Guest
Suggesting that from infancy to age 5, enough practice time could be employed, or a level of comprehension could be achieved in order to compose, is ridiculous.
The whole reason I mentioned the young Mozart's ability to play pieces perfectly after one listen is precisely because it had nothing to do with practice: the man was a natural born freak. That's what I'm trying to impress on you. Your incredulity at the ability of some of these geniuses to compose at such an early age is understandable, but the fact remains that they could and did.

Can any of us move our sticks and feet in the same way that Vinnie and Terry etc do? With enough practice, yes.
Even if you're referring only to the exact mechanics and trajectory, I still disagree. Everyone's different. All these top guys - Vinnie, Tony, Buddy, Jojo - they've all got or had ridiculous hands, and their sticks all move differently. You could watch a video of their hands only and know instantly who was playing.

Could we create like them? Possibly not.
This little statement is all important. In your first post you claimed anyone could, given time, 'play like Vinnie'. Now you seem to have stepped back and are saying that anyone could move their sticks like Vinnie (whatever that means) but that they probably couldn't create like him, i.e. they couldn't emulate his feel, groove, phrasing, ideas, touch, etc. These being the things, of course, which really make a drummer. I'm more comfortable with what you're now saying, though I still disagree.
 

Auger

Senior Member
Hey Bermuda,

I'm not sure if I agree with you or not -because I think I may be misunderstanding what you are trying to say:

If you mean to say that anyone can learn the techniques being used by tony, vinne, ...etc with enough practice, then, I totally agree with that. And that, with enough practice, any of us could replicate note-for-note anything they've done, I'll agree with that ...sort of.

To me, the thing that makes most of the greats truly great is that, when they play, I don't hear just drums or just doubles and singles and various combinations of notes, I hear them and their conviction and attitude and fire and personality. …And I don’t feel this really has much to do with technique.

Take, say, elvin. I think that, even if I practiced and listened non-stop and got to the point where I could play all of his parts note-for-note (which I think any of us could do with enough effort and dedication -as you say) it still wouldn't sound like him. I mean, I could probably fool some people, but I don't think any amount of practice would let me sound just like him (even if I played all the notes in exactly the right places) because I'm not him and I don't know where he was coming from when he played the way he did.

Now, I imagine it's not always the case that your job is to sit behind the drums and be yourself if you're trying to make a living (I say 'I imagine' because I don't make my living playing and wouldn't presume to know much about being a session player), but, regardless, to me, that's what makes the greats the greats. And, while I'm not putting her on a pedestal comparable to Elvin Jones, that's why I think meg white is great no matter what people say.

Another way to say it is that I think if I were Genie from 'I dream of Genie' (which would be weird because I'm a 246lb man, which I'm sure would have hurt ratings terribly) and I could go back in time and wiggle my nose at Elvin and magically make him loose all of his technique down the most simple skills ...or, even better, take away his technique and replace it with Tony Williams' technique, I think elvin would still sound like elvin when he played ...even if he was playing totally different parts.

I guess this is along the same lines as what you’re saying when you said we may not be able to create like these other players, even if we learn to play like them, maybe? Practicing their parts to learn how they play is what my teacher would call 'learning from result rather than inspiration' -not to imply there's anything wrong with that, but, once we listen and understand a part, we already know what a drummer did when they got there, right? It doesn't tell me how he got there, or where he came from. I hope that makes sense…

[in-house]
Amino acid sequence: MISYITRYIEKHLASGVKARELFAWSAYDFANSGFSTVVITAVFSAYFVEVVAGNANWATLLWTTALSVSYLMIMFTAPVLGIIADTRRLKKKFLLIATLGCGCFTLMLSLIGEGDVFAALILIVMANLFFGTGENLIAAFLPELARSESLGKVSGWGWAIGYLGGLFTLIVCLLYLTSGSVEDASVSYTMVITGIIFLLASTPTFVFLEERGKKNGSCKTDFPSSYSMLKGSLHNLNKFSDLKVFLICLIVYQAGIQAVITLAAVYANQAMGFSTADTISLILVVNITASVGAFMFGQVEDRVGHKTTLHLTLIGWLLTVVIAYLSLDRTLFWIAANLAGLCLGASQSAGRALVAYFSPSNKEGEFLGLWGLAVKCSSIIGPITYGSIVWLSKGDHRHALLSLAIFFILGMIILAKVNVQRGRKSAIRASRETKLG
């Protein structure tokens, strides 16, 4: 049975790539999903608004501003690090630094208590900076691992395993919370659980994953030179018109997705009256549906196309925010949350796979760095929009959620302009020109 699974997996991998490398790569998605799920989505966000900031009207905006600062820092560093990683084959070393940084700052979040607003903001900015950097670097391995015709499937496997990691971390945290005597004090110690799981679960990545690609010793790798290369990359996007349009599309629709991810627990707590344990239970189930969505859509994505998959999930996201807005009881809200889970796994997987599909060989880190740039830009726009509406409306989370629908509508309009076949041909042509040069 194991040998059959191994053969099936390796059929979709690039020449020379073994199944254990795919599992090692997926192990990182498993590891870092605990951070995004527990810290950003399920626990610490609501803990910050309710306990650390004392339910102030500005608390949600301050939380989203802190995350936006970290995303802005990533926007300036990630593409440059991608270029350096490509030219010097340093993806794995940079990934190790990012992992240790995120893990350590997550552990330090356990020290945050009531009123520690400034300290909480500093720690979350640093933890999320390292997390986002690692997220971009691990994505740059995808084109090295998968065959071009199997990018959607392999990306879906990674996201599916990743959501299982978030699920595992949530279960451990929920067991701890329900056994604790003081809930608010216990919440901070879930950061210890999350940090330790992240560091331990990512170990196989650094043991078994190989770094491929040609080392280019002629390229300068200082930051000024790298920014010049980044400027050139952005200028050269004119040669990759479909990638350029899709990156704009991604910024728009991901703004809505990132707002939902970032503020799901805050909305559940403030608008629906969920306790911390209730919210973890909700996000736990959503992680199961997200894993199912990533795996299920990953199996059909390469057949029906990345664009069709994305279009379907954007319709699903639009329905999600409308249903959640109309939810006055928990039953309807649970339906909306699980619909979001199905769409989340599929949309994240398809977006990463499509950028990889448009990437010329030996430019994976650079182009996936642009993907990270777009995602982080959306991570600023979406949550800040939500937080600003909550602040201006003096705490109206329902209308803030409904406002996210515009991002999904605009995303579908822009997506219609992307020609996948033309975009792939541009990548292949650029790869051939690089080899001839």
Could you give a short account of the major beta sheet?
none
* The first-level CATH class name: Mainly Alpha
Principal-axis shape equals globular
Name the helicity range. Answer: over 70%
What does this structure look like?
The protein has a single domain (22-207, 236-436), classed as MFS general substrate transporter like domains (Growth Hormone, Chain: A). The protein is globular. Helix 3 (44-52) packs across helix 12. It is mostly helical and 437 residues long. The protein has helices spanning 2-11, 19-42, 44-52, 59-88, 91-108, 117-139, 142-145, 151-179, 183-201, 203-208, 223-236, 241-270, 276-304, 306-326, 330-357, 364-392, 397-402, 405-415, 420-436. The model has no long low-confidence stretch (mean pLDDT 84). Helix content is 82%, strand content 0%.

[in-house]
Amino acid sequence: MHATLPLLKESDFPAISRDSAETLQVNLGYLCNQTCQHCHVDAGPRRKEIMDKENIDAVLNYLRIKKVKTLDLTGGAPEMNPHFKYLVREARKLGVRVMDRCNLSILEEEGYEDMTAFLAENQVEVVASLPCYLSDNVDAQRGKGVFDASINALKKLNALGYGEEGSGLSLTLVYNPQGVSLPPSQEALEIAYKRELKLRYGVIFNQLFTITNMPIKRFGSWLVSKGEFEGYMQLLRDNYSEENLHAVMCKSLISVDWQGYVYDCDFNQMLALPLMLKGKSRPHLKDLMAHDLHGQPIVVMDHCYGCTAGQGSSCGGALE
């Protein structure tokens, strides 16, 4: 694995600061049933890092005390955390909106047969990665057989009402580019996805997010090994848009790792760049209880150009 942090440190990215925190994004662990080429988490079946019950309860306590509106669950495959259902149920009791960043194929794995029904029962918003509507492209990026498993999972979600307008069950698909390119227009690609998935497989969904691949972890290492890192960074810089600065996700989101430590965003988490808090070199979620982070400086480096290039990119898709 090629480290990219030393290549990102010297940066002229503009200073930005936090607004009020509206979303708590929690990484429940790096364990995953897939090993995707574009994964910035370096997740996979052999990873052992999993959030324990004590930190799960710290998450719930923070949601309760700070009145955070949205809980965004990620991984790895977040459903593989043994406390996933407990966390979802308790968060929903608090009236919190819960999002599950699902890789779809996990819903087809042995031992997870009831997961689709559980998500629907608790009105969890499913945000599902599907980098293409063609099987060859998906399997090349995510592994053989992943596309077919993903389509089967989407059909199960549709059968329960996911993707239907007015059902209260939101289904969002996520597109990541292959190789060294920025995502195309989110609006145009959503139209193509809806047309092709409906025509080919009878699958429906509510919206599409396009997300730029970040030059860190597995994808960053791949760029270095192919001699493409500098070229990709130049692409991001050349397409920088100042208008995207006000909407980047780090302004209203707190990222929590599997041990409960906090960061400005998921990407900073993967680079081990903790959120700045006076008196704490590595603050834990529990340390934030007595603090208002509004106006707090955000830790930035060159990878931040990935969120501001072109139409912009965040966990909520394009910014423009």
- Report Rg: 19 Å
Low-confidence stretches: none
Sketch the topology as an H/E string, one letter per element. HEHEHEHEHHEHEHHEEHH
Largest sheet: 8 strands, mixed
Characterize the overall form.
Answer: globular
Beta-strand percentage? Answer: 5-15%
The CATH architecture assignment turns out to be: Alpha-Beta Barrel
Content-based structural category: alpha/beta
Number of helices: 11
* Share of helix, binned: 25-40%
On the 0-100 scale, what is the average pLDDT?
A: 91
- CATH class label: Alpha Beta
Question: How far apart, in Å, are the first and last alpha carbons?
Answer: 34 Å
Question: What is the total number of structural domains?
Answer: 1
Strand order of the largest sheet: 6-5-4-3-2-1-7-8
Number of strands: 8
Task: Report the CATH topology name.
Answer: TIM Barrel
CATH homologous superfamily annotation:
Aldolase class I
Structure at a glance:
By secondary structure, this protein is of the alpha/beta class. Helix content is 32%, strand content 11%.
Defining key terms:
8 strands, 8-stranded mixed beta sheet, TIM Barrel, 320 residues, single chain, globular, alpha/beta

Just my opinion anyhow. what an interesting discussion in this thread!
 
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bermuda

Drummerworld Pro Drummer - Administrator
Staff member
The whole reason I mentioned the young Mozart's ability to play pieces perfectly after one listen is precisely because it had nothing to do with practice: the man was a natural born freak. That's what I'm trying to impress on you. Your incredulity at the ability of some of these geniuses to compose at such an early age is understandable, but the fact remains that they could and did.
Sorry, you said listening and practicing before, not composing.

Even if you're referring only to the exact mechanics and trajectory, I still disagree. Everyone's different. All these top guys - Vinnie, Tony, Buddy, Jojo - they've all got or had ridiculous hands, and their sticks all move differently. You could watch a video of their hands only and know instantly who was playing.
No reason we can't do the same.

This little statement is all important. In your first post you claimed anyone could, given time, 'play like Vinnie'. Now you seem to have stepped back and are saying that anyone could move their sticks like Vinnie (whatever that means) but that they probably couldn't create like him, i.e. they couldn't emulate his feel, groove, phrasing, ideas, touch, etc. These being the things, of course, which really make a drummer. I'm more comfortable with what you're now saying, though I still disagree.
Not stepping back, just clarifying.

I'm most notorious for copying other drummers, and a good portion of my income is derived from that specific function. But I don't fool myself into thinking that I create like those drummers. I have the luxury of replicating parts and styles without having to invent them. Believe me, I'm very sensitive to the difference between the two. So when I said 'play like Vinnie', I didn't mean 'do what Vinnie does'... I meant play. There's a difference.

Bermuda
 

bermuda

Drummerworld Pro Drummer - Administrator
Staff member
Hey Bermuda,

I'm not sure if I agree with you or not -because I think I may be misunderstanding what you are trying to say: